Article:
well I have recently bought 2 mosin nagants. both had so much cosmoline that neither would fire without being cleaned first. mineral spirits and kerosine are the two most recommended cleaning solvents but I just filled my bathtub up with the hottest water my heater can manage and threw all the metal pieces in with a little dawn and let them sit for a while then I scrubbed them with a greeny weeny. at the minimum you'll have to soak the barrel/reciever to loosen up the cosmoline in the barrel and chamber and if you don't soak the bolt then you stand a chance of your bolt seizing, not to mention depending on the state of the cosmoline you may end up having a bolt that's so slippery you won't be able to cycle it due to your hand slipping off. so if nothing else you need to clean your bolt, barrel, and receiver.

Don P
May 21, 2012, 11:28 AM
Folks I think the OP dated 10/19/2011 has his answer well before now and the responses do him no good being he had plans to shoot that weekend:rolleyes:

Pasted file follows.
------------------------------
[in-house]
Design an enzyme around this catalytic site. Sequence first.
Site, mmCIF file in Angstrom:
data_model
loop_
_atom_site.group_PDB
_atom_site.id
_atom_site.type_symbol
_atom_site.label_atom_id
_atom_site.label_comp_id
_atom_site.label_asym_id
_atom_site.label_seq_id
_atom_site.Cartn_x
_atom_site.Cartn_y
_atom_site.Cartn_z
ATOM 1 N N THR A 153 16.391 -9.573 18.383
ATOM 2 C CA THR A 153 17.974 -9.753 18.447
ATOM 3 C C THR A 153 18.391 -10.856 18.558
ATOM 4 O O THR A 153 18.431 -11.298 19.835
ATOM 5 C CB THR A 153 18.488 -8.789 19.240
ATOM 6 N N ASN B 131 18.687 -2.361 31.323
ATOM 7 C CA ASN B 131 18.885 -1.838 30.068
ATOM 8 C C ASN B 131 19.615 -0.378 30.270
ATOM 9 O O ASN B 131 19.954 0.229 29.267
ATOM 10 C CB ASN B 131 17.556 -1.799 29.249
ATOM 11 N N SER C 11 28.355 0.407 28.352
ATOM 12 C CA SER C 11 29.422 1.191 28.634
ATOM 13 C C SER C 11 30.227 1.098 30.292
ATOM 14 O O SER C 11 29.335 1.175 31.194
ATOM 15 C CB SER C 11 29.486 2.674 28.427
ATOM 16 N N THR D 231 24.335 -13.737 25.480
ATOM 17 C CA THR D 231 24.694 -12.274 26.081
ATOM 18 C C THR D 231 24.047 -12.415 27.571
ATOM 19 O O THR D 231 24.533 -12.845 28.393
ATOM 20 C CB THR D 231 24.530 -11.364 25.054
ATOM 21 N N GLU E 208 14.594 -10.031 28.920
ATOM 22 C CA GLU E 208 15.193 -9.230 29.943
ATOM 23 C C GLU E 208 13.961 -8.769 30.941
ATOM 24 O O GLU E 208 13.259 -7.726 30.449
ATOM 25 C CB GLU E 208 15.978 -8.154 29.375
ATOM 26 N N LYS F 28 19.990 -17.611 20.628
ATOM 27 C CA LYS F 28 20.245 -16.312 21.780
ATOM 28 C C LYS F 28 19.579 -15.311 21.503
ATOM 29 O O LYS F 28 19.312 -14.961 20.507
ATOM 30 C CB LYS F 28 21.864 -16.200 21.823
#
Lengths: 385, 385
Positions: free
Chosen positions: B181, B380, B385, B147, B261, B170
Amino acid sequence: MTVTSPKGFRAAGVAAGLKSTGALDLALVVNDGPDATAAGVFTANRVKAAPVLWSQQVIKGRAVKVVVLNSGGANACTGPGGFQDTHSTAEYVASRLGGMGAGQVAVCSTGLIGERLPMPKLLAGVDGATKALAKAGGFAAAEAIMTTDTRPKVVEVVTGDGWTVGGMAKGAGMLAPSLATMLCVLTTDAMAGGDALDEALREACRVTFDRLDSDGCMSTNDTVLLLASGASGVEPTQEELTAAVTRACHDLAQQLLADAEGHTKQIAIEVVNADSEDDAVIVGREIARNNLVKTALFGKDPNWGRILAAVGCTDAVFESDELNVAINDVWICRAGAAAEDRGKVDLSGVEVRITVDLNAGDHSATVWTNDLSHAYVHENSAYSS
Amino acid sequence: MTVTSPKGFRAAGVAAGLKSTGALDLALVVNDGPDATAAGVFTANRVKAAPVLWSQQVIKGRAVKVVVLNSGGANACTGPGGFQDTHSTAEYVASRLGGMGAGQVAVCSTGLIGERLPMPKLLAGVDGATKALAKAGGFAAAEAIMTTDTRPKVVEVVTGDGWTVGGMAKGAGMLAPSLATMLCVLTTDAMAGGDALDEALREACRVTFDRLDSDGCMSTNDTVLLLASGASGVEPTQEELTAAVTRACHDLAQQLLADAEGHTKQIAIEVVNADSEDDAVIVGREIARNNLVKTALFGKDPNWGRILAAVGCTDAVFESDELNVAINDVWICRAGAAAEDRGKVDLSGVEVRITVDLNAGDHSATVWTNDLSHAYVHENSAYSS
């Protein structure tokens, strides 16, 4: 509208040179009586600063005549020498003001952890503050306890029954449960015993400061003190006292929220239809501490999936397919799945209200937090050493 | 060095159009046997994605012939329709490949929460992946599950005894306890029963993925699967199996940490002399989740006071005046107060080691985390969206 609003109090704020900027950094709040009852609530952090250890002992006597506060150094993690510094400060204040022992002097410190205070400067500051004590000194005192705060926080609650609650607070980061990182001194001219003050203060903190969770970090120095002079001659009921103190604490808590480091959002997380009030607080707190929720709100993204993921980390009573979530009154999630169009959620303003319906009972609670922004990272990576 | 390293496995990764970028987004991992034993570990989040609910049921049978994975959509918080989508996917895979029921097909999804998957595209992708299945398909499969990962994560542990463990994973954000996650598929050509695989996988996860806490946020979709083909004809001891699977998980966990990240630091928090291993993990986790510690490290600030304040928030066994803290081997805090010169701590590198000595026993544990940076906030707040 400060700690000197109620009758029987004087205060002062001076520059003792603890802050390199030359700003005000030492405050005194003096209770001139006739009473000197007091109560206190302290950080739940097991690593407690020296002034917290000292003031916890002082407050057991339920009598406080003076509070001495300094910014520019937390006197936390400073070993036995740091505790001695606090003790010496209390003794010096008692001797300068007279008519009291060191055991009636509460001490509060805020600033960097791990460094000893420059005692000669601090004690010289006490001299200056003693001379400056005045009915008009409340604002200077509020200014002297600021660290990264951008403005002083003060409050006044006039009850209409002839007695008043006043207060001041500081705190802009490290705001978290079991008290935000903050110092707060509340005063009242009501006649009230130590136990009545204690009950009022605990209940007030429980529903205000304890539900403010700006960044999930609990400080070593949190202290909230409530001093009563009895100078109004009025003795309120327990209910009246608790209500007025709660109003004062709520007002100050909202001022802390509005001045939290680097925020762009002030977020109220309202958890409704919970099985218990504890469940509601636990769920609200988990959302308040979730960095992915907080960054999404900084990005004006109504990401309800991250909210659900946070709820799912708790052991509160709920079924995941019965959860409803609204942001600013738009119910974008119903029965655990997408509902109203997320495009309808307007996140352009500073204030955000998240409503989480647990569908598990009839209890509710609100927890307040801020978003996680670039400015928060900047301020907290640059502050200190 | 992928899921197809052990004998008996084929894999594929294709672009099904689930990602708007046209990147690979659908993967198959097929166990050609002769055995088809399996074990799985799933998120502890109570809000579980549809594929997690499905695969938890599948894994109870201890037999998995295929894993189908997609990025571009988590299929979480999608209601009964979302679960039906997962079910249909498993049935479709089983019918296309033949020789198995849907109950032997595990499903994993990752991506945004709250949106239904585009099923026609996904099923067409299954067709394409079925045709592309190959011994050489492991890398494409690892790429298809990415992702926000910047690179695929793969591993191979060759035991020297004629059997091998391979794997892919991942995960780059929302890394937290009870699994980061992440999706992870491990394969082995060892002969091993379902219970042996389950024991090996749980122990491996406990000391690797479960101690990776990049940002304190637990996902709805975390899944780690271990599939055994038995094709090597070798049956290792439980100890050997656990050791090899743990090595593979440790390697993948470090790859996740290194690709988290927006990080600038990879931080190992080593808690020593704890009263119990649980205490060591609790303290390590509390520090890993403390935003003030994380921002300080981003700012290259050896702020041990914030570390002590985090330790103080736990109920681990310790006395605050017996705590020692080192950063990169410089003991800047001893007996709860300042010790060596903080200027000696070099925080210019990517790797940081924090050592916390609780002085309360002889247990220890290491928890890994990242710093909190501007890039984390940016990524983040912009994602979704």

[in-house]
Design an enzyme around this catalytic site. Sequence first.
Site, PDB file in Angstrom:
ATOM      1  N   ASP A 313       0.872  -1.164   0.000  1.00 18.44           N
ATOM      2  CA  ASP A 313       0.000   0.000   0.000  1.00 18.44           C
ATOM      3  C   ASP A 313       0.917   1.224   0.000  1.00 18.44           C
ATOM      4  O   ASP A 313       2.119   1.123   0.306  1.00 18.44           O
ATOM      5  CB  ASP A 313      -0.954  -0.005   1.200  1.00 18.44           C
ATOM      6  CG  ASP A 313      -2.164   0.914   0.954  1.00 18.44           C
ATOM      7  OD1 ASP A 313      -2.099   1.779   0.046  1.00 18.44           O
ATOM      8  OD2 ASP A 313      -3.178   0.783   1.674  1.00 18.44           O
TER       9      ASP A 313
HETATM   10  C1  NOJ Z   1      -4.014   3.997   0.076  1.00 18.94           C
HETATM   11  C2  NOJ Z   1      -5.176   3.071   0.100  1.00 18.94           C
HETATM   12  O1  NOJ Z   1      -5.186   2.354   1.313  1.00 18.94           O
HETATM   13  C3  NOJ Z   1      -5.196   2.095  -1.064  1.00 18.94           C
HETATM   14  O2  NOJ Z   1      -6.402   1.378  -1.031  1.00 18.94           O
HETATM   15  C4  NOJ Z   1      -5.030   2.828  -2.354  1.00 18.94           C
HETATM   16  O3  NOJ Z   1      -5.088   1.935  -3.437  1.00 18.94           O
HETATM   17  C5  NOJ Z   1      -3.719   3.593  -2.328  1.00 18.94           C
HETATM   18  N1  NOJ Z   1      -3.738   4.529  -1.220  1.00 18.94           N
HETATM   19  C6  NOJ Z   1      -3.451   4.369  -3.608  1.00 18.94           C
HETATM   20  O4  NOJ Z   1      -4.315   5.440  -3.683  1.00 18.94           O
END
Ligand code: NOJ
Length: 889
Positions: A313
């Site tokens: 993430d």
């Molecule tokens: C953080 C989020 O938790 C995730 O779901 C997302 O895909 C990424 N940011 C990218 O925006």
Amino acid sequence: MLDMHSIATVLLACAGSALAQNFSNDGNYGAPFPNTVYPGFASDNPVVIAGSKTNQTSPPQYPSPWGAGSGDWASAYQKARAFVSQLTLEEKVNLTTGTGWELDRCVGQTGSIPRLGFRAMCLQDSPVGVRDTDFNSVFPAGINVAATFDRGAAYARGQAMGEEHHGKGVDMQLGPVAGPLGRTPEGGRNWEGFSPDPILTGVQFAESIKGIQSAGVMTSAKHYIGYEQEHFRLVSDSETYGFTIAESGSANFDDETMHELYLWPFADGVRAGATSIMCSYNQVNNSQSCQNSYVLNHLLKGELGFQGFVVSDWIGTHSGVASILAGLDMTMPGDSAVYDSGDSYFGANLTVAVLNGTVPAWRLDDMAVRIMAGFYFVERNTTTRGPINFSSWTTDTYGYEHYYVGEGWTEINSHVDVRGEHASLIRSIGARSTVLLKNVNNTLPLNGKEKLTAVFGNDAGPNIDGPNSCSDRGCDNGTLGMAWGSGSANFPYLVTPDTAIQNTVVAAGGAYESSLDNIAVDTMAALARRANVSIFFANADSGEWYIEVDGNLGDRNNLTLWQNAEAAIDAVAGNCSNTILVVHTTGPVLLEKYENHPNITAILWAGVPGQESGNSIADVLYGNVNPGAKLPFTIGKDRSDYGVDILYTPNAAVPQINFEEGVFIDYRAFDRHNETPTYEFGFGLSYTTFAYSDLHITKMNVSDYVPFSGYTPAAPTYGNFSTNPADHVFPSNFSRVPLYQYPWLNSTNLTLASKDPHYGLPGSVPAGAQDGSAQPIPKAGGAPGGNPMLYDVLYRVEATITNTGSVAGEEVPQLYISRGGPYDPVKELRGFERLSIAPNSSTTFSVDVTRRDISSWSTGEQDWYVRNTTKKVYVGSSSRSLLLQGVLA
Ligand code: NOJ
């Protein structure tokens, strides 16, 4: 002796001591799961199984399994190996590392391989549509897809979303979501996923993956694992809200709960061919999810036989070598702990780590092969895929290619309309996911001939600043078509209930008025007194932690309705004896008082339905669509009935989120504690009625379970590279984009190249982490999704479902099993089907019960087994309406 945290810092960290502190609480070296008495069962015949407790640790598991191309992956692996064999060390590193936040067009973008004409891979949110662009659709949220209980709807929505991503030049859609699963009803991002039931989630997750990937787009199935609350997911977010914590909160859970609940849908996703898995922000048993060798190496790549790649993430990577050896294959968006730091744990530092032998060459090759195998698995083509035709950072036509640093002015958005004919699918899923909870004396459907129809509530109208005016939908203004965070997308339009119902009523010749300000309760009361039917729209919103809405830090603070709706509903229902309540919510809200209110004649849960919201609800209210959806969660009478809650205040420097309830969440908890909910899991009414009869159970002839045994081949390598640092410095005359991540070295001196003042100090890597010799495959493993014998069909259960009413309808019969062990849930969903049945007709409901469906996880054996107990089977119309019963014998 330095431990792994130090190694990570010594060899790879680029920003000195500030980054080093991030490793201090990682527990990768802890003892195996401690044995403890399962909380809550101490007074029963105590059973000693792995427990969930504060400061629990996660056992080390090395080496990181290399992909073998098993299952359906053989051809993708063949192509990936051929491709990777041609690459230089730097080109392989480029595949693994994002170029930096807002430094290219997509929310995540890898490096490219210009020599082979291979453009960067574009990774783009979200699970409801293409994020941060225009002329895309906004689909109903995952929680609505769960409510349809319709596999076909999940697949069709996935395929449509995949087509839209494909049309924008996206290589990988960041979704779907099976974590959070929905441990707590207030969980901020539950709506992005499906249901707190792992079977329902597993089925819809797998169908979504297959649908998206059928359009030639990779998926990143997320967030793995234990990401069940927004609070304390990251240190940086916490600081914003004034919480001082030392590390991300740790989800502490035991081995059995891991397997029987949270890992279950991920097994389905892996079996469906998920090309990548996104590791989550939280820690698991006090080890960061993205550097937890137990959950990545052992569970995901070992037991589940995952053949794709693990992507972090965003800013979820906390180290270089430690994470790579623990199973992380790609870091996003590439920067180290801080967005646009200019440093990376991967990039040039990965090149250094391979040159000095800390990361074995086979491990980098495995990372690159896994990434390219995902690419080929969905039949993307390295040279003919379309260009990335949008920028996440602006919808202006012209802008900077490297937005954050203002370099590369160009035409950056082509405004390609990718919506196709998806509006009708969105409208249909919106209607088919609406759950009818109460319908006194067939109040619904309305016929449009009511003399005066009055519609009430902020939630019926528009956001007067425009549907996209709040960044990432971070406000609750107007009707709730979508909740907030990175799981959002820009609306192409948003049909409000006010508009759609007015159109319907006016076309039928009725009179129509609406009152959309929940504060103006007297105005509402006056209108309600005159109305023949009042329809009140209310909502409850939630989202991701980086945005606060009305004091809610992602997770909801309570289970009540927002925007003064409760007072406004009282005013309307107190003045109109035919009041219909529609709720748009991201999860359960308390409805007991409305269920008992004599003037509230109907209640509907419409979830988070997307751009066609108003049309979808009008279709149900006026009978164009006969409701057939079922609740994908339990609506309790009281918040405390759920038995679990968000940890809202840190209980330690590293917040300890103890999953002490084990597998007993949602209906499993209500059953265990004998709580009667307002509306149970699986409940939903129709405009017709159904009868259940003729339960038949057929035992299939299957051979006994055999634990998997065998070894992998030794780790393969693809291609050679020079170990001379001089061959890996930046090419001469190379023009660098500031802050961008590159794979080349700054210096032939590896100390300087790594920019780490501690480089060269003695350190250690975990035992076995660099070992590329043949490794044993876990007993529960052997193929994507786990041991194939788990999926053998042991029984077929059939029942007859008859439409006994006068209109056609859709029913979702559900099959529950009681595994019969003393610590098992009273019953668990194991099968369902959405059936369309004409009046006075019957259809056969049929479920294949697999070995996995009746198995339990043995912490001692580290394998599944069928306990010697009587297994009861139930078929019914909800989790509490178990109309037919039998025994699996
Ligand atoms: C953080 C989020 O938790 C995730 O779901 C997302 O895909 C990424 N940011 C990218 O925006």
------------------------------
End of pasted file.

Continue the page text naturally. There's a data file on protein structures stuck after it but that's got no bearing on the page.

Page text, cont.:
May 21, 2012, 11:57 AM
Here is a video of me using 540 foot pound of torque and Kroil to get a Mosin Nagant barrel off the receiver.


May 21, 2012, 05:19 PM
Mineral spirits for the metal and stock...
Brake cleaner works great on the metal parts also, but keep it off the wood stock or it'll damage the finish.

Bolts, I completely disassemble-including removing the extractor- and boil.
Cosmoline is usually caked behind the extractor and cannot be removed without dis-assembly

On a hot sunny day, you can place the stock, wrapped in newspaper, in a black plastic garbage bag on the dash of your car, the cosmo will heat up enough to leach out of the wood.

the rifleer
May 21, 2012, 06:34 PM

What did you need the barrel off for?

May 22, 2012, 11:53 PM

I got some VZ59 Machine gun barrels that were threaded and extractor relieved to fit on Mosin Nagant receivers.

Unfortunately, Tennessee Guns, or who ever they did biz with, did not understand about the variations in clocking of threads from receiver to receiver.

That old receiver in the video that I was pulling the barrel off was the only receiver that would clock with the 4 barrels TG sent me.